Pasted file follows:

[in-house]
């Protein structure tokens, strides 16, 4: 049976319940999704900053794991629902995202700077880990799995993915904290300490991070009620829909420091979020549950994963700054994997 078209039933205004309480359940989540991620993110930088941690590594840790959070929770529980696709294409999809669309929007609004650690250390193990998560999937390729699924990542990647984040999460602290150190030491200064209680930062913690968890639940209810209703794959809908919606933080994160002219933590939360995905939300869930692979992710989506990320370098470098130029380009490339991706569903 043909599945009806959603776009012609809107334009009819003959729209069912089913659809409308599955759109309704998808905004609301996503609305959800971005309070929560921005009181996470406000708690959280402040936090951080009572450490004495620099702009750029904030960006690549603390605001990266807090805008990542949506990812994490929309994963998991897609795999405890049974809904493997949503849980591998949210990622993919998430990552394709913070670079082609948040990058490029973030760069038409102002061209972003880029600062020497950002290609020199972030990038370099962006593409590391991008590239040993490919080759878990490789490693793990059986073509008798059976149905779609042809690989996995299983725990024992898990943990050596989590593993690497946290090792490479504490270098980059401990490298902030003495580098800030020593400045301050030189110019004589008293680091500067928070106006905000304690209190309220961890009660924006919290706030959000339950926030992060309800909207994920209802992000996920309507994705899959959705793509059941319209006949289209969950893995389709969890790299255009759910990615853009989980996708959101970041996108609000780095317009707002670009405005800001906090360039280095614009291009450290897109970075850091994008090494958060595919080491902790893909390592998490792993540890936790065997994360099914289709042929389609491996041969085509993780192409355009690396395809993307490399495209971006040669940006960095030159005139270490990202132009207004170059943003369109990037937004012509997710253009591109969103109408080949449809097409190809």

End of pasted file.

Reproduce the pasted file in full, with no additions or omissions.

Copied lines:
[in-house]
């Protein structure tokens, strides 16, 4: 049976319940999704900053794991629902995202700077880990799995993915904290300490991070009620829909420091979020549950994963700054994997 078209039933205004309480359940989540991620993110930088941690590594840790959070929770529980696709294409999809669309929007609004650690250390193990998560999937390729699924990542990647984040999460602290150190030491200064209680930062913690968890639940209810209703794959809908919606933080994160002219933590939360995905939300869930692979992710989506990320370098470098130029380009490339991706569903 043909599945009806959603776009012609809107334009009819003959729209069912089913659809409308599955759109309704998808905004609301996503609305959800971005309070929560921005009181996470406000708690959280402040936090951080009572450490004495620099702009750029904030960006690549603390605001990266807090805008990542949506990812994490929309994963998991897609795999405890049974809904493997949503849980591998949210990622993919998430990552394709913070670079082609948040990058490029973030760069038409102002061209972003880029600062020497950002290609020199972030990038370099962006593409590391991008590239040993490919080759878990490789490693793990059986073509008798059976149905779609042809690989996995299983725990024992898990943990050596989590593993690497946290090792490479504490270098980059401990490298902030003495580098800030020593400045301050030189110019004589008293680091500067928070106006905000304690209190309220961890009660924006919290706030959000339950926030992060309800909207994920209802992000996920309507994705899959959705793509059941319209006949289209969950893995389709969890790299255009759910990615853009989980996708959101970041996108609000780095317009707002670009405005800001906090360039280095614009291009450290897109970075850091994008090494958060595919080491902790893909390592998490792993540890936790065997994360099914289709042929389609491996041969085509993780192409355009690396395809993307490399495209971006040669940006960095030159005139270490990202132009207004170059943003369109990037937004012509997710253009591109969103109408080949449809097409190809």